Onward to Hayward: A Wisconsin Muskie Road Trip

Illustration by Chris Dent In late fall, giant muskies go on the feed, gorging on ciscoes and whitefish ahead of … Continued

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Illustration by Chris Dent

In late fall, giant muskies go on the feed, gorging on ciscoes and whitefish ahead of the long winter. Anglers soon follow, converging on happy little Hayward to target the area’s legendary lake monsters. Now is the best time of year to catch a 40-plus-pound muskie somewhere short of your 10,000th cast. Here’s a guide with tips on where to eat, drink, sleep, and—most importantly—fish.

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1. The “Big Chip”
At more than 15,000 acres, the Chippewa Flowage is Wisconsin’s third largest lake. That’s a lot of water to cover and hundreds of islands and bays to explore. If it’s your first trip here, hire a guide such as Ty Sennett (ty​sennett.com), who’s been fishing these waters for nearly 30 years and can reliably put you on feeding fish.

2. Double Up
To up your odds of boating a giant, plan on fishing two rods—a quick-strike rig floating a live sucker and a casting outfit tied with a Suick Thriller, Bull Dawg, or the local favorite: Shumway’s Funky Chicken. You can pick up everything, plus some local intel, at Jenk’s Bait & Tackle (715-462-3055) on the way to the lake.

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3. Rest Stops
When the bite is on, it can be tough to tear yourself away. Stay close to the action with a weeklong vacation at Deer Run Resort (deerrunresort-hayward.com), which has a private boat ramp and five cabins right on the Chippewa Flowage. For shorter stays, the Flat Creek Inn (flatcreekhotel.com) offers nice rooms in town.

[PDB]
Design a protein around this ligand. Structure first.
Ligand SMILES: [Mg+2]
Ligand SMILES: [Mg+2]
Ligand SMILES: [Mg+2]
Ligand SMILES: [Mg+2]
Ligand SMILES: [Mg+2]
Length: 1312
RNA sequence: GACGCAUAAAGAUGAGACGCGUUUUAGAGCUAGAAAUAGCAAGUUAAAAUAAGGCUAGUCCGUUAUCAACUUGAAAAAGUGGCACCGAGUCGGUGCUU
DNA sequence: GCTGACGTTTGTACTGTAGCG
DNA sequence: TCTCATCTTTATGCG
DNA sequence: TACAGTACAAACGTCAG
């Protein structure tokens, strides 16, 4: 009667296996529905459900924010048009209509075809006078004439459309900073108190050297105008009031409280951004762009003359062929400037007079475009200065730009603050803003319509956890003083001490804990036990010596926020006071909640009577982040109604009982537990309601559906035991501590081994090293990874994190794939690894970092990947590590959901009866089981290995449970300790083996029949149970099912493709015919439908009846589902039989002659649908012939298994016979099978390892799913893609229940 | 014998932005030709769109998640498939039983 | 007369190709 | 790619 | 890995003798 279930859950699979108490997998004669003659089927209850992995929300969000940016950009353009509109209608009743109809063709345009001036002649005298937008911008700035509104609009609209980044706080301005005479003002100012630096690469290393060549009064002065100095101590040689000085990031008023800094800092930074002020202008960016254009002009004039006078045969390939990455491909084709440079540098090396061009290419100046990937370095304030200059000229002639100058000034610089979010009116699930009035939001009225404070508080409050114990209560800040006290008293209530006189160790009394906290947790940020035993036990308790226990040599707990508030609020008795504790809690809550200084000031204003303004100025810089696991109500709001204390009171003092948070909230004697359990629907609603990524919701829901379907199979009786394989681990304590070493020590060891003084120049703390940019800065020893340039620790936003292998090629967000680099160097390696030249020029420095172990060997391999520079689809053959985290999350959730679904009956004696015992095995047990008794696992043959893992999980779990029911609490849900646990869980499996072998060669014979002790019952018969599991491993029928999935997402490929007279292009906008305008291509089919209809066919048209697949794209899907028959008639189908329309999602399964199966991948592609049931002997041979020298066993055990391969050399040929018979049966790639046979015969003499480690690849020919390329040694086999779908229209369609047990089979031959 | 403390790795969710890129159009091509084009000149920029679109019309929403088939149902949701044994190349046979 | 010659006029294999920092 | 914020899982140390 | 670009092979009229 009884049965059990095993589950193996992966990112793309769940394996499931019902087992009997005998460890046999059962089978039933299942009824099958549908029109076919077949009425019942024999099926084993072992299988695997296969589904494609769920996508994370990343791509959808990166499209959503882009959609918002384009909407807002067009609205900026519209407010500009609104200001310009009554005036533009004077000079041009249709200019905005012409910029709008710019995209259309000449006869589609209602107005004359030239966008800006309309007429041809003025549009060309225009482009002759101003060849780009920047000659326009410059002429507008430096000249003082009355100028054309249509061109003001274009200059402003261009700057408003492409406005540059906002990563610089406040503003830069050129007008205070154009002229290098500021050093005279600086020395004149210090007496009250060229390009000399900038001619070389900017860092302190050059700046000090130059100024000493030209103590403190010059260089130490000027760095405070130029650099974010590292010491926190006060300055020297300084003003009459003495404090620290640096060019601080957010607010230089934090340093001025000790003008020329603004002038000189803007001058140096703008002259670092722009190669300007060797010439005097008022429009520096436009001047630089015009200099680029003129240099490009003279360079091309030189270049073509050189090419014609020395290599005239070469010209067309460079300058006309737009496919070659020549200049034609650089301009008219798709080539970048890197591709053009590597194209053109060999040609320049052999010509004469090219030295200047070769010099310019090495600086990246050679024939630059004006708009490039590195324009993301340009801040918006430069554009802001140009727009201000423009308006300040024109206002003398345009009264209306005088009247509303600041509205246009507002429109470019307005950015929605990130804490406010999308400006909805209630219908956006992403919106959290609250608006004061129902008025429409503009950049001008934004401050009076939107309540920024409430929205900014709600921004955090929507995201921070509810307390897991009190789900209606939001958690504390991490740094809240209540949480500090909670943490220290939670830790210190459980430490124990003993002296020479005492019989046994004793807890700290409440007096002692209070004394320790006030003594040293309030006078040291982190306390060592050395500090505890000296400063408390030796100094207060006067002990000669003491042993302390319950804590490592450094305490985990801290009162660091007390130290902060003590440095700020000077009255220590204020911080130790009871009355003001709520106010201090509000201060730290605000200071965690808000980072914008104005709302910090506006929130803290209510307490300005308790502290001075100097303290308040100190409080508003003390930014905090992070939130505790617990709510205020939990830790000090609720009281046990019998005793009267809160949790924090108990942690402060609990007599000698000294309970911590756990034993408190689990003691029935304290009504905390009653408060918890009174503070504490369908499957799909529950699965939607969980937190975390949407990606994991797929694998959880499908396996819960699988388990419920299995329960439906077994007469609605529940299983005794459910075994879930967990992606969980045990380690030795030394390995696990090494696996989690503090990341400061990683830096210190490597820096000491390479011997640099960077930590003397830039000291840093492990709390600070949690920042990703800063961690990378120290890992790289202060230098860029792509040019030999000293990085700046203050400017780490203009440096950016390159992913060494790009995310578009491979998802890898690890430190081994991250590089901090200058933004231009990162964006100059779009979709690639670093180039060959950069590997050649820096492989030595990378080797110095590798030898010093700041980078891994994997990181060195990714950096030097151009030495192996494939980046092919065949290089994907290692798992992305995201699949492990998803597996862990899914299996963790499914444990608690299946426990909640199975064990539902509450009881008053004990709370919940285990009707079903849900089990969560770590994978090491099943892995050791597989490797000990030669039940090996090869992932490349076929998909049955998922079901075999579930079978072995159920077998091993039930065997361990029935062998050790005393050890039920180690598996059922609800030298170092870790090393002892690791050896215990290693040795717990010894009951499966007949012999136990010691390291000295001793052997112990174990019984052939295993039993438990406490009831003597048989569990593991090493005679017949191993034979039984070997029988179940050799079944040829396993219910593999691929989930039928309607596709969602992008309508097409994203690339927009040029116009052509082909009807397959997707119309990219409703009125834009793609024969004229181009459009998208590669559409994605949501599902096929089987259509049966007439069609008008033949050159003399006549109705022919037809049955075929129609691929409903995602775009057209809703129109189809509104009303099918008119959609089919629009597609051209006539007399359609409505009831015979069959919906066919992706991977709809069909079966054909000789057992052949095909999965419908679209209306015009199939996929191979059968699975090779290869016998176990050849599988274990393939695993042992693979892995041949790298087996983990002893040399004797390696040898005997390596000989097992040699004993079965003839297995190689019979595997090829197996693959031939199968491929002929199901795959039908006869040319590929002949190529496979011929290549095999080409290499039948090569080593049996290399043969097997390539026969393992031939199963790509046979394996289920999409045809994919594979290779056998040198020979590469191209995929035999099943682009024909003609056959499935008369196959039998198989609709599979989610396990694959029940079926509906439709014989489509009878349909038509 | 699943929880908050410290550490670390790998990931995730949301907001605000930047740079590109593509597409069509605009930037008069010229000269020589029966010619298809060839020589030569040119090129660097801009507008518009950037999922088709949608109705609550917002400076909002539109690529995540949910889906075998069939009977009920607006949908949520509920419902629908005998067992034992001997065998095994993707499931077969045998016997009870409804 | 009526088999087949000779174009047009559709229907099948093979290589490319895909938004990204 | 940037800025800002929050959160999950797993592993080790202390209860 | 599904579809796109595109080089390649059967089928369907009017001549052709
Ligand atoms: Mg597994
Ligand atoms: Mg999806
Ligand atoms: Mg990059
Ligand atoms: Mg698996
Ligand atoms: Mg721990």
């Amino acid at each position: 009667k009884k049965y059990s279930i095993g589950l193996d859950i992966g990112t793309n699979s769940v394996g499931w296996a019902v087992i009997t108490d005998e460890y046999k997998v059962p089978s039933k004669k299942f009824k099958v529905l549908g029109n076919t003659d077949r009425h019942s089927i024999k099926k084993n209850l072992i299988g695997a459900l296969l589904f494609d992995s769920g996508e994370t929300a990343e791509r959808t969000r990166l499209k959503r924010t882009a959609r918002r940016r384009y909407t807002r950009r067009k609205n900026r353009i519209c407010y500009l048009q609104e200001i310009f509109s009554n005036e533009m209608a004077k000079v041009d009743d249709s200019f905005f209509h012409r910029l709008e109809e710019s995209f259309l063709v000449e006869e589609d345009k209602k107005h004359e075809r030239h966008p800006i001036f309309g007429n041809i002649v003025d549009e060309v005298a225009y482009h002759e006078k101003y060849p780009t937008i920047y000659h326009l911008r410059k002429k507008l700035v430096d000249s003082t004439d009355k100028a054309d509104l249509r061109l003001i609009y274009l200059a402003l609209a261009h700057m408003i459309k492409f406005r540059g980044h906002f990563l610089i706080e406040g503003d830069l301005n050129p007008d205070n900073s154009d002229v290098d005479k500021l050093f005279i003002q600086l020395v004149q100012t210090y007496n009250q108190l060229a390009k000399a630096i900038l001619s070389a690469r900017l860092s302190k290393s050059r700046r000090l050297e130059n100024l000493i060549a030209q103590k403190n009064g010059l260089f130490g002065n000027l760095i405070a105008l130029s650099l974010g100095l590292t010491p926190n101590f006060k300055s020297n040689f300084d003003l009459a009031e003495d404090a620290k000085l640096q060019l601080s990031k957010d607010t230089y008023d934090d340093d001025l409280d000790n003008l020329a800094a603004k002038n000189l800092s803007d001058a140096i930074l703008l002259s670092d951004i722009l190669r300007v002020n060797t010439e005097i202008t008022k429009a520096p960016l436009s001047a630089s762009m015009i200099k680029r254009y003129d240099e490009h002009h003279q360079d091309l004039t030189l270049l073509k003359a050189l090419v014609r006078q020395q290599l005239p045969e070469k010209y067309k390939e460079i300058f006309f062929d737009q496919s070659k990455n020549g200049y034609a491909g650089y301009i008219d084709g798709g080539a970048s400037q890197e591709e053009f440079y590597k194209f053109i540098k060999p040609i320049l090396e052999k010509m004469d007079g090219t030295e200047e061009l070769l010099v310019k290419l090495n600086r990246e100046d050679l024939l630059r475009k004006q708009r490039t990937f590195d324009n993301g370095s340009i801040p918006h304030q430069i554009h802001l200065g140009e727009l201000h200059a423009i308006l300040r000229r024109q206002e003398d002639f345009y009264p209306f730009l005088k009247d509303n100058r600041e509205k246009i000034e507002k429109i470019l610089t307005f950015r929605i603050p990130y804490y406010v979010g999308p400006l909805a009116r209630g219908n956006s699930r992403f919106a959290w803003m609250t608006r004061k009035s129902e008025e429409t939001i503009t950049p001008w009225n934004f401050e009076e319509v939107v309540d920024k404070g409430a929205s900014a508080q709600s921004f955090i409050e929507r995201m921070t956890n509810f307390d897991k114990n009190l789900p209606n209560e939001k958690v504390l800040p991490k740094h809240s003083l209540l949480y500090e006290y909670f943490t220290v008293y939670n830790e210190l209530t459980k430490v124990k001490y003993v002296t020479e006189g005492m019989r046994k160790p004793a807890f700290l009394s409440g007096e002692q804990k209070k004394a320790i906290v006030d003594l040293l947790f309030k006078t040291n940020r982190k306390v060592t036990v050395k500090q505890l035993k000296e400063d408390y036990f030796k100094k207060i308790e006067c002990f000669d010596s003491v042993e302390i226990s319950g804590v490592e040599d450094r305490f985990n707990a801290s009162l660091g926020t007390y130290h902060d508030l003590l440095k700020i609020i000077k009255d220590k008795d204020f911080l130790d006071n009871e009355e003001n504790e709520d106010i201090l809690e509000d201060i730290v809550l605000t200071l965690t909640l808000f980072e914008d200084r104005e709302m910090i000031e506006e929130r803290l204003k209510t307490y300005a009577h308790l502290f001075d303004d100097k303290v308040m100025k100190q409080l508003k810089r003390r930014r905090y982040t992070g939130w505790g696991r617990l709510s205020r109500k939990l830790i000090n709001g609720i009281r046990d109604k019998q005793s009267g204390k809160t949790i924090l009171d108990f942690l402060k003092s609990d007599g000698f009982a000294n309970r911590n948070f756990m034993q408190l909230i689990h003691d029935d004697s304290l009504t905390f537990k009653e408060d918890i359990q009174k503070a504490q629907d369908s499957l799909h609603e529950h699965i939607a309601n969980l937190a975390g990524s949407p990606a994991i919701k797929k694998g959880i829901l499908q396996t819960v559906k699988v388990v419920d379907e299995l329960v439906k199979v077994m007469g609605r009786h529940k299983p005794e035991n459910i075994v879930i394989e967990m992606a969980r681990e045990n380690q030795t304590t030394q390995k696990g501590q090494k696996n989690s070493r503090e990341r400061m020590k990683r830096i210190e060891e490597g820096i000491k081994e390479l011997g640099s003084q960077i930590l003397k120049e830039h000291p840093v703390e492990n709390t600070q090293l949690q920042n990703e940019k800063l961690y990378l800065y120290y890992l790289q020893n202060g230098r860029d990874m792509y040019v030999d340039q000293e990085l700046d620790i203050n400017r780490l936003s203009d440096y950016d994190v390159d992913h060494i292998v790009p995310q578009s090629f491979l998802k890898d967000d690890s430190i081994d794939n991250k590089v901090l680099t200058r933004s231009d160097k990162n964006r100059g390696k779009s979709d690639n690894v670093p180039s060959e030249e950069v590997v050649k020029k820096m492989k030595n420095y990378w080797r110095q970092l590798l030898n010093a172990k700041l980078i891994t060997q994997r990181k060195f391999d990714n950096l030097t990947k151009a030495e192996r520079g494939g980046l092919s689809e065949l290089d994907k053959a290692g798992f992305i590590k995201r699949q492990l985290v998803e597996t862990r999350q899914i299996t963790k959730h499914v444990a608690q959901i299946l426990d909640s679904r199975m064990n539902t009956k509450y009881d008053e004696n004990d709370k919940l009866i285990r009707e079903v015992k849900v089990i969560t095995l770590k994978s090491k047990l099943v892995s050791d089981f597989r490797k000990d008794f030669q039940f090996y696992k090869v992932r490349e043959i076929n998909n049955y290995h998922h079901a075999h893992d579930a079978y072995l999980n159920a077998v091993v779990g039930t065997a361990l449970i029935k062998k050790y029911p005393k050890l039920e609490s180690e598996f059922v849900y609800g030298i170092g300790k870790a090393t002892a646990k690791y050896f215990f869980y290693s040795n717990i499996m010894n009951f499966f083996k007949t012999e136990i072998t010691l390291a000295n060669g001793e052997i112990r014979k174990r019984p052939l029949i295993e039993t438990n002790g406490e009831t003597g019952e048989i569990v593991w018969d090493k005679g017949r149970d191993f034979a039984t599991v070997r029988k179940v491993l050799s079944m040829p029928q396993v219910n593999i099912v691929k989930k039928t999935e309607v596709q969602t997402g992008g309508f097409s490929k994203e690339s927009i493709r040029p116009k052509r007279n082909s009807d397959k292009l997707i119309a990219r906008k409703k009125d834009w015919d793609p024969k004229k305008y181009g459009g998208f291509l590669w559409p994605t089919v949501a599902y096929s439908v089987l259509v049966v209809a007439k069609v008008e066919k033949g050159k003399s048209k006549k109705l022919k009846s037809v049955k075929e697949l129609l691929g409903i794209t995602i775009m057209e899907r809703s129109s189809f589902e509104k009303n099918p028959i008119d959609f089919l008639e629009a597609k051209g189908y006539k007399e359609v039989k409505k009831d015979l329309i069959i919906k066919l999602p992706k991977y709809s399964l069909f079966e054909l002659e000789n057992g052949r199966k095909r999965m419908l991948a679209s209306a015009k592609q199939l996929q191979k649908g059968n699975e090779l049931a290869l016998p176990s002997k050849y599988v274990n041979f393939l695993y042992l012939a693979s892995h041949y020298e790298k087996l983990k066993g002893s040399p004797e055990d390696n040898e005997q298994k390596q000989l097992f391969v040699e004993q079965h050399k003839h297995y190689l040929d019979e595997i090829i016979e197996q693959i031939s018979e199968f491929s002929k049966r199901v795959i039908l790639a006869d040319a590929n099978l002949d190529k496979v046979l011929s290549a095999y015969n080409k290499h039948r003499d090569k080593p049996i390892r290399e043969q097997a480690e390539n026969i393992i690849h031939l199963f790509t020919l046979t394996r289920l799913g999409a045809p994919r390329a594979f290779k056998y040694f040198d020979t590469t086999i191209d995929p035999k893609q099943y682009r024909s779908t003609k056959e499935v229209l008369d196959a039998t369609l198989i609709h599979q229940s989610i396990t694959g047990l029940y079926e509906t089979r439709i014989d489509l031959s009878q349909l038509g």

4. Belly of the Beast
Inside the giant muskie monument at the Fresh Water Fishing Hall of Fame ­(freshwater-​­fishing.org) is a museum highlighting the history of angling, including a full listing of record-book fish. Climb the steps to the muskie’s mouth for a can’t-​go-​back-​home-​without-​one photo.

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5. Dive In
Tell your fish tales at the Moccasin Bar (715-634‑4211), where the jarred eggs next to the beer tap aren’t the only things that are pickled. The Moc has colorful locals, a mounted fish (which just happens to be the world-record muskie), and novelty taxidermy—including rodents boxing, banjoing, and bootlegging.

6. Say Cheese(head)
Cheese curds are a staple in northern Wisconsin cuisine. Order a basket, along with some house-made pretzels, at the Angry Minnow Brewing Co. (angryminnow.com). Wash it down with a pint of River Pig American Pale Ale, brewed on-site, for Wisconsin’s take on a well-balanced meal.